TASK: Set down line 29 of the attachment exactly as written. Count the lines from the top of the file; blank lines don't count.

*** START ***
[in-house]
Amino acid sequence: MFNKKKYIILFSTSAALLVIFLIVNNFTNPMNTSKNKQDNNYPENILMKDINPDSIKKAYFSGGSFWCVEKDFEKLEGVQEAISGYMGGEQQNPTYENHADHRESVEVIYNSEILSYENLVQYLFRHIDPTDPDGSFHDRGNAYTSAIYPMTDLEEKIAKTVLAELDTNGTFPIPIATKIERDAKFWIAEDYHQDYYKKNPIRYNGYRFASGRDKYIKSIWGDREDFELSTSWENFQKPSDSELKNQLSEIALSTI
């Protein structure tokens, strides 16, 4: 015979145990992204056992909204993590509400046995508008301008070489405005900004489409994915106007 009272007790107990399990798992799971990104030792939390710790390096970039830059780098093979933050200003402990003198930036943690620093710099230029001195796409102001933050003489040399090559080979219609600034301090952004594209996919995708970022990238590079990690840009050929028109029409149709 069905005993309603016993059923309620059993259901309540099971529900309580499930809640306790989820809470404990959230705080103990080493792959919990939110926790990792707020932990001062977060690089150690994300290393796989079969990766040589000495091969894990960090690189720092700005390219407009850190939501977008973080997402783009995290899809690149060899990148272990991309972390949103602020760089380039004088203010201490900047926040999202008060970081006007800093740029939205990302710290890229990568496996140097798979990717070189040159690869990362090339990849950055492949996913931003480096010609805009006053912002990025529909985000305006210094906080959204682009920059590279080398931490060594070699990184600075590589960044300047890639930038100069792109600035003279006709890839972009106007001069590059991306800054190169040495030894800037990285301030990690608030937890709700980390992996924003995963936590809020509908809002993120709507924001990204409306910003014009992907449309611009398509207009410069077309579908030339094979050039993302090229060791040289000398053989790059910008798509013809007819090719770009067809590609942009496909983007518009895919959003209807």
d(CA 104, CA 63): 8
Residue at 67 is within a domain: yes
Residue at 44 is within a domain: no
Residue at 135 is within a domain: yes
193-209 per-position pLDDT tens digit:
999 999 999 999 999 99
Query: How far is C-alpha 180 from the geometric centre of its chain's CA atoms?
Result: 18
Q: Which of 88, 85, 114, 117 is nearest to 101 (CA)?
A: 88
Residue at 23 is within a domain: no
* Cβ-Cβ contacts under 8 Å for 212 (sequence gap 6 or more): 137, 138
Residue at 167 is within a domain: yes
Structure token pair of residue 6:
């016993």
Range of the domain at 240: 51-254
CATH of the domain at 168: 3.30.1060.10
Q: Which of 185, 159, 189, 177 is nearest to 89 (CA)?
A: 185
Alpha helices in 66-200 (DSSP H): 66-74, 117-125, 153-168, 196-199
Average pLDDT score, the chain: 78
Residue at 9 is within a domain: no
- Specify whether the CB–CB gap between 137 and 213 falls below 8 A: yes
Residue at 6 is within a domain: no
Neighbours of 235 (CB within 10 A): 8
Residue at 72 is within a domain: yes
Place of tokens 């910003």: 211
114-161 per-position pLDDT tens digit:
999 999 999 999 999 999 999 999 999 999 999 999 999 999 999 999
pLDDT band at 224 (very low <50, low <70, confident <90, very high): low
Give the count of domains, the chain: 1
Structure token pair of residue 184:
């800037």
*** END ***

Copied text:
Residue at 72 is within a domain: yes